Irish name: Crann úl
Latin name: Malus pumila
There are literally hundreds of varieties of apple trees in the world, although they can be divided into two main types: cooking apples and dessert apples. Have you ever taken a bite of a cooking apple by mistake? They really can be very bitter, but they make superb apple tarts and crumbles!
Some apples are sweet enough to eat straight from the tree. These are known as ‘dessert apples’. The deep red Discovery apples are sweet and juicy, while the crunchy Golden Delicious apples really quench your thirst on a hot day. What other varieties of dessert apples have you had?
Apple trees do not grow very tall, but are very attractive looking with beautiful flowers that blossom early in the summer. One of Ireland’s native apple trees is the Crab Apple, its crimson red buds opening out into blossoms of pinks and white during the month of May.
Late in April, just before the flowers appear, the leaves of the Crab Apple open. They are oval in shape, with uneven edges and have pointed tips. A very distinctive feature of the crab apple leaves is that they are green on top, but a soft creamy colour underneath. These contrasting shades of colour make the crab apple tree look very magical as the leaves flutter in the wind.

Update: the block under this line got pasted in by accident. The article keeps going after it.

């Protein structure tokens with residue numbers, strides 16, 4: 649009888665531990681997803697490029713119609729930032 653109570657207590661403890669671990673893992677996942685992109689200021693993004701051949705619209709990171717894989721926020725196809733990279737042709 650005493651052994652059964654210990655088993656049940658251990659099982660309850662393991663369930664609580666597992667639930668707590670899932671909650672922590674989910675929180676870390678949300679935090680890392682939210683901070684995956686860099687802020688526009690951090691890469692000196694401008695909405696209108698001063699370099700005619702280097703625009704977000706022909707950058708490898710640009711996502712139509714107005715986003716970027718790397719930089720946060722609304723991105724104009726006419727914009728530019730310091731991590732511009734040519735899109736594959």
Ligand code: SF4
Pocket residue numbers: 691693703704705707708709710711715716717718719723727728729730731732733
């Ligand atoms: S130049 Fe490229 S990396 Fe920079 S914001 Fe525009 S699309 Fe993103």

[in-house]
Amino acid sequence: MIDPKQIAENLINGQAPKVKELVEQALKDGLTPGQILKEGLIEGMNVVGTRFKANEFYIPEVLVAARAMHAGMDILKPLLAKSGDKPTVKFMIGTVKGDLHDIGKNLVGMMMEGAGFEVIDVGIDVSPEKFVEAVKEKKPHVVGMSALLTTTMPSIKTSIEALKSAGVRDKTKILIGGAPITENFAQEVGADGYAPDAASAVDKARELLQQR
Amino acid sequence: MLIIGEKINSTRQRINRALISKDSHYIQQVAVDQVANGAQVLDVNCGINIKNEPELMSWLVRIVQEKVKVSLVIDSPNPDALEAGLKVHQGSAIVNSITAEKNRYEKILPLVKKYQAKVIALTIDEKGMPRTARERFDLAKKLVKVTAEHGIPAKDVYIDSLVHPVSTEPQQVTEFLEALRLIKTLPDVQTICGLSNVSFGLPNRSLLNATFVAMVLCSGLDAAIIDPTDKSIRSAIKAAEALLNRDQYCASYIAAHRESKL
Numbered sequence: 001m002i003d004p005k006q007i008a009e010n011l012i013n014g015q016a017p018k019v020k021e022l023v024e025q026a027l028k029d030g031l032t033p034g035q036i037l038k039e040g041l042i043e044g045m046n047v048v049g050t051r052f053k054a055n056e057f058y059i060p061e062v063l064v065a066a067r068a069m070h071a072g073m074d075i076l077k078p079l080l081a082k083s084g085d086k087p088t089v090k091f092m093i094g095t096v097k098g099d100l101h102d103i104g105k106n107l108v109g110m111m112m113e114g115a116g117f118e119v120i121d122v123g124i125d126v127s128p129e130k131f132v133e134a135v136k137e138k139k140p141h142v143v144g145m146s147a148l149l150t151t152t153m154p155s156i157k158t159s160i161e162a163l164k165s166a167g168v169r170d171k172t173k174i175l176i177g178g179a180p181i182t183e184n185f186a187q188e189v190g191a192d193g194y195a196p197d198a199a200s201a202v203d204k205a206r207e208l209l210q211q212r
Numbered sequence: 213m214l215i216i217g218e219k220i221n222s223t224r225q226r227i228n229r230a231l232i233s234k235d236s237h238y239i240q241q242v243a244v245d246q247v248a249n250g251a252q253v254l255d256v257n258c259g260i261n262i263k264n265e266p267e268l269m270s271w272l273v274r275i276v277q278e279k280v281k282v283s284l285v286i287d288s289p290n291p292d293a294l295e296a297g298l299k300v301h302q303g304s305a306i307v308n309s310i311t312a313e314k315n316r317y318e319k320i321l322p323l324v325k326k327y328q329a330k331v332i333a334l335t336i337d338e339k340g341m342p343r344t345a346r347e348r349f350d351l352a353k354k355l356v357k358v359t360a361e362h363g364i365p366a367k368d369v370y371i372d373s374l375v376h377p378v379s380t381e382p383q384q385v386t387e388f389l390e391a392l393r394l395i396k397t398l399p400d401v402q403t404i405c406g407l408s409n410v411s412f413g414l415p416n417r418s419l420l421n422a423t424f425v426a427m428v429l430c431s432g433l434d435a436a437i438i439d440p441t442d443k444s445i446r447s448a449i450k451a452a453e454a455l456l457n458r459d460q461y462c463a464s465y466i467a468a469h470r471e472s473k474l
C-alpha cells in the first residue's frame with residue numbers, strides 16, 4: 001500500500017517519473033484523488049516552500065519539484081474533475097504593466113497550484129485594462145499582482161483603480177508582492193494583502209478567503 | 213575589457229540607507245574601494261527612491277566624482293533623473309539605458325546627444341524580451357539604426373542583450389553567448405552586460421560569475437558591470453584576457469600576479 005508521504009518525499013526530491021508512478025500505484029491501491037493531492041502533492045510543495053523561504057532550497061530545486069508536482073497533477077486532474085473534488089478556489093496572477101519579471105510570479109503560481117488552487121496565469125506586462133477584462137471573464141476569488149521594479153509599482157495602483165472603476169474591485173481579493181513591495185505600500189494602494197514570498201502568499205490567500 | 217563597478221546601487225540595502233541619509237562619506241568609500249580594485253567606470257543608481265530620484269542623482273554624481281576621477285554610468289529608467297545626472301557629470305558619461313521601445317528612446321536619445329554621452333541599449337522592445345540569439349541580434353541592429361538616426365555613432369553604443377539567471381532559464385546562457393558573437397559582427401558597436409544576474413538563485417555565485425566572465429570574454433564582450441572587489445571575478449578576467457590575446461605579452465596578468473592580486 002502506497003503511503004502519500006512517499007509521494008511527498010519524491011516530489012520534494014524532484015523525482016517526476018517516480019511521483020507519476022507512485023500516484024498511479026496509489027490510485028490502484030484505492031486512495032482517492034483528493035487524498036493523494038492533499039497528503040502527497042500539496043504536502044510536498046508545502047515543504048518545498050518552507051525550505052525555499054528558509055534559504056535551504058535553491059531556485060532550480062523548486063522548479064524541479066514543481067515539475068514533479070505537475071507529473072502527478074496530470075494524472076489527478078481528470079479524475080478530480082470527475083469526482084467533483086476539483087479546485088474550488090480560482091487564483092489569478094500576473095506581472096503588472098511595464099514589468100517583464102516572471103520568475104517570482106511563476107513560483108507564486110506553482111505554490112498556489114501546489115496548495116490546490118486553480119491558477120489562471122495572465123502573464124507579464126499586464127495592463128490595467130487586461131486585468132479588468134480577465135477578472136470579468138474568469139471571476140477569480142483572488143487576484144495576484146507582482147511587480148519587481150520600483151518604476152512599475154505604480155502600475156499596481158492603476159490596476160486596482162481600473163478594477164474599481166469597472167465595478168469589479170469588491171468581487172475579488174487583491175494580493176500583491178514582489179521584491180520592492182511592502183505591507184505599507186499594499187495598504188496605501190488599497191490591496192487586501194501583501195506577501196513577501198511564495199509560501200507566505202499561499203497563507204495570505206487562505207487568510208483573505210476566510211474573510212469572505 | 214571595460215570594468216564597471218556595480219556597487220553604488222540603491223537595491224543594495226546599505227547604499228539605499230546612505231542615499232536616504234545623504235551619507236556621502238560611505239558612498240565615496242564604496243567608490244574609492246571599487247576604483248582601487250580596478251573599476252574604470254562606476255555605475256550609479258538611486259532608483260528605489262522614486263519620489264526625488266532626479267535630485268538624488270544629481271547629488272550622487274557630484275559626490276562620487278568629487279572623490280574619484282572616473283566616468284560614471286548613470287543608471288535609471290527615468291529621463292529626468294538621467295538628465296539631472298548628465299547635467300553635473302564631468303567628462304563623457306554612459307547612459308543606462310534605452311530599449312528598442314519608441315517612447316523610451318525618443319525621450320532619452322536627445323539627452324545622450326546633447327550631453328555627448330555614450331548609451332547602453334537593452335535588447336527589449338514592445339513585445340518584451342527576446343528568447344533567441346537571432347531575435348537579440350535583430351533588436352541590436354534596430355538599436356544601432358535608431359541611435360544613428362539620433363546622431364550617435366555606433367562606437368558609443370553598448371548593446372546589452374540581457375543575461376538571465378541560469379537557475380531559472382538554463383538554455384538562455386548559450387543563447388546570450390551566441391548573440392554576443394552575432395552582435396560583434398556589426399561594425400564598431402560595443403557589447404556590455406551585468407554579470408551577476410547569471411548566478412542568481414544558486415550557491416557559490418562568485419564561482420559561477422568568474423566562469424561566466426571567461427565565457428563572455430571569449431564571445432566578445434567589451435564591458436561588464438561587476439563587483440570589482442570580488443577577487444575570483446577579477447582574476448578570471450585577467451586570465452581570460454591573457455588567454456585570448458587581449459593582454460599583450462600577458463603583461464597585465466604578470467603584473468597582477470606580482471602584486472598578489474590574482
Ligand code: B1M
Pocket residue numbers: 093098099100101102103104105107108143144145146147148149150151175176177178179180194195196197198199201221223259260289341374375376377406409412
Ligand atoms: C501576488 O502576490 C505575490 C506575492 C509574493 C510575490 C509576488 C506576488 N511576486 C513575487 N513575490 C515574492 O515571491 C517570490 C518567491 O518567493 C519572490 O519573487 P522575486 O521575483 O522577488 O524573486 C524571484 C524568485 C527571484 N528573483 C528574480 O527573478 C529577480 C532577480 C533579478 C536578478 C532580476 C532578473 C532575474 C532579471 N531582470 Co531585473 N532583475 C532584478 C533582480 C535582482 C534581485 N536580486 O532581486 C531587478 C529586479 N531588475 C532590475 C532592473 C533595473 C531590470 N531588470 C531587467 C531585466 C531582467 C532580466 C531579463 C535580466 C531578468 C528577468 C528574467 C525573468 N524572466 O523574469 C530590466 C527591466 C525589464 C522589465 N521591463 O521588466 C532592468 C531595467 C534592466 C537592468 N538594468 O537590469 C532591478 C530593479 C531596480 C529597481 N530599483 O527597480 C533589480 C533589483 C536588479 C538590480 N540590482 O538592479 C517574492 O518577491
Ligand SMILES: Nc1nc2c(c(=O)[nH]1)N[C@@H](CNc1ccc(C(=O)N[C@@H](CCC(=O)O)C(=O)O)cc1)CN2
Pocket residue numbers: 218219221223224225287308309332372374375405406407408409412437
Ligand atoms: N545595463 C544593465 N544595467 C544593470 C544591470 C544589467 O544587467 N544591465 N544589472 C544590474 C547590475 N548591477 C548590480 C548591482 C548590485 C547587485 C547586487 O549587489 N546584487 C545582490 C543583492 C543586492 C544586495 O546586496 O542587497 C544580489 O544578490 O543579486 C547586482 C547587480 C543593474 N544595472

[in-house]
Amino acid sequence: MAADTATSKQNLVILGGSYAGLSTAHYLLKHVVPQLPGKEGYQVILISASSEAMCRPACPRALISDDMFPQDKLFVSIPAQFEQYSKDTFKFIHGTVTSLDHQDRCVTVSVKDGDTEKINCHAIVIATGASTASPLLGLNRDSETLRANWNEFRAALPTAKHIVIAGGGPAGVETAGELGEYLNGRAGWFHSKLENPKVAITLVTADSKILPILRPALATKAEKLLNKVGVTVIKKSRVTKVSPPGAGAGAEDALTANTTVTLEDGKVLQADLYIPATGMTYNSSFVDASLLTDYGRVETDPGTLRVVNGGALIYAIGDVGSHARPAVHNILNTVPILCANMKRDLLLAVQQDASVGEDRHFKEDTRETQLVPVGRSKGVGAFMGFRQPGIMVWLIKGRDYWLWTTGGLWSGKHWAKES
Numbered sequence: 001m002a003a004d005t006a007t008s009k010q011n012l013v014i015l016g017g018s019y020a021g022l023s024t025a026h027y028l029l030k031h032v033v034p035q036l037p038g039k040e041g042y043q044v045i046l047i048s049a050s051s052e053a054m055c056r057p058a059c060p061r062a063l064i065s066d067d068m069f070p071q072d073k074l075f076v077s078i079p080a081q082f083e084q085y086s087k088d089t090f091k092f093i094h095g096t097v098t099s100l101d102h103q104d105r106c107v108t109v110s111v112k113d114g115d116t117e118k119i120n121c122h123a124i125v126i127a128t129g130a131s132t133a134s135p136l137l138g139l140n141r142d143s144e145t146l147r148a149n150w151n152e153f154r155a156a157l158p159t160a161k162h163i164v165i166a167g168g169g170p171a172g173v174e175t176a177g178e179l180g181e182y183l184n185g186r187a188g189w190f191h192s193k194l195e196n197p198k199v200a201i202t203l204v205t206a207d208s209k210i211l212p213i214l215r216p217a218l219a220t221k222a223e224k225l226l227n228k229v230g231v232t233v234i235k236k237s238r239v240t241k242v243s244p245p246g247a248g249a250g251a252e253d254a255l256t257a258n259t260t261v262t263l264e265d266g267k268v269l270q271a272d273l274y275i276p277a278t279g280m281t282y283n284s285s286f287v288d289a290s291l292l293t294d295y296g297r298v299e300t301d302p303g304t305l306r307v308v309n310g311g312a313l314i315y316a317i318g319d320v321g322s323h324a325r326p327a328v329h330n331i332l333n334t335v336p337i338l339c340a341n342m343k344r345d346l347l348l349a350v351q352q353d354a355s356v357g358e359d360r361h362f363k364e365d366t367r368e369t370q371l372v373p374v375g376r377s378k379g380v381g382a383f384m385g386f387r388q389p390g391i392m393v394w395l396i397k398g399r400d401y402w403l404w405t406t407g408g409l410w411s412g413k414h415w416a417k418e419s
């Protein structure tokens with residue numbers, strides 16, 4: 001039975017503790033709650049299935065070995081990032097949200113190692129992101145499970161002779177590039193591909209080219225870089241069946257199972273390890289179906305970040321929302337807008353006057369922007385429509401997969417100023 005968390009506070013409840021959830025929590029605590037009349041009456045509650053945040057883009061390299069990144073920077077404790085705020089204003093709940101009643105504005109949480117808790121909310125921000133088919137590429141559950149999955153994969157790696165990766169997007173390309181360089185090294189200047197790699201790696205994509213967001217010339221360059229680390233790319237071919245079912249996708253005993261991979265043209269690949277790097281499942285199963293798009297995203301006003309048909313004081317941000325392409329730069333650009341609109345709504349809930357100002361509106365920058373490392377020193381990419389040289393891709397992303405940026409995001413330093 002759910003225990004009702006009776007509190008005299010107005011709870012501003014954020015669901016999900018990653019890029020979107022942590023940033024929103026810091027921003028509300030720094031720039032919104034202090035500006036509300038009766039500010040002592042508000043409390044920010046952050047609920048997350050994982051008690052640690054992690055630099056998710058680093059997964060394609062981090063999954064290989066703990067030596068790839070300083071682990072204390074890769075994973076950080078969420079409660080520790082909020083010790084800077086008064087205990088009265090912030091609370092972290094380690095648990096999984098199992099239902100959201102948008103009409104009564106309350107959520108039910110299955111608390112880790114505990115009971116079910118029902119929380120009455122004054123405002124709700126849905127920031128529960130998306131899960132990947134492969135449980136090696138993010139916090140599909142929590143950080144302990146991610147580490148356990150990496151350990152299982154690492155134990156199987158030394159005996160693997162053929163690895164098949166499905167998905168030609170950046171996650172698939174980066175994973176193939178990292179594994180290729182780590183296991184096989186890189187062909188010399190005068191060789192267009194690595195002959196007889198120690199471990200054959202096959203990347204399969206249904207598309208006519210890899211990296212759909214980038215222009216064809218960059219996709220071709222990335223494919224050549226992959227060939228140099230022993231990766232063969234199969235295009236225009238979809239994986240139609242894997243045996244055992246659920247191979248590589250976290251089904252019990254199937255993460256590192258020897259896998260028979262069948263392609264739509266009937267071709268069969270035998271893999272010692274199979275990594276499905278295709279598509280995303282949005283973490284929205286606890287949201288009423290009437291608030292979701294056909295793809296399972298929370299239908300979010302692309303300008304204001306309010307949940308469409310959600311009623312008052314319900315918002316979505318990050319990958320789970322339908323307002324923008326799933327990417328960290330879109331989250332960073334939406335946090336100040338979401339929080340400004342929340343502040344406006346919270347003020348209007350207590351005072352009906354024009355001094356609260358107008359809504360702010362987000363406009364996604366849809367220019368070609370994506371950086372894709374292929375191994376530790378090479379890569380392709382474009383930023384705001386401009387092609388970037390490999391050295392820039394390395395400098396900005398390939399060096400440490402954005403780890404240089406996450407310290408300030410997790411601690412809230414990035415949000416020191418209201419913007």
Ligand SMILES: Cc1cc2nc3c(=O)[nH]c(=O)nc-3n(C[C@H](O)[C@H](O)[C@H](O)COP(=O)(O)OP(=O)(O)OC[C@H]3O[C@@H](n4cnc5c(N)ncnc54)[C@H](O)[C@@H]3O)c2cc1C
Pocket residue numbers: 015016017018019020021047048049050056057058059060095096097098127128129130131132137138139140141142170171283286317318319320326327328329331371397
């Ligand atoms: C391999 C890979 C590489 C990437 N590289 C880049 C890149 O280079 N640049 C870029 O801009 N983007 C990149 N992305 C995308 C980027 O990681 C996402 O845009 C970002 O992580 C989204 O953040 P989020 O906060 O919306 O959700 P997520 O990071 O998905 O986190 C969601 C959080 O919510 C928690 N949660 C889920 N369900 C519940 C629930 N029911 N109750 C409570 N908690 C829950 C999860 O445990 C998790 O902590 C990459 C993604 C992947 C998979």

The Crab Apple is a deciduous tree and is home to lots of different insects. However, those that are in charge of helping to pollinate the tree are our sweet honey-making friends, the bees.
Apple picking is usually around the end of August to the end of October, depending on the variety. Birds love to feast on the yellow-green crab apples, and then disperse the seeds in the bushes, hedges and woodlands where they perch. However, they can be quite bitter to humans and are better used in cooking. Why don’t you ask an adult to help you make your own apple pie?
Do you know how to tell if an apple is ripe? Well, if it comes off easily when you twist it that means it should be ripe!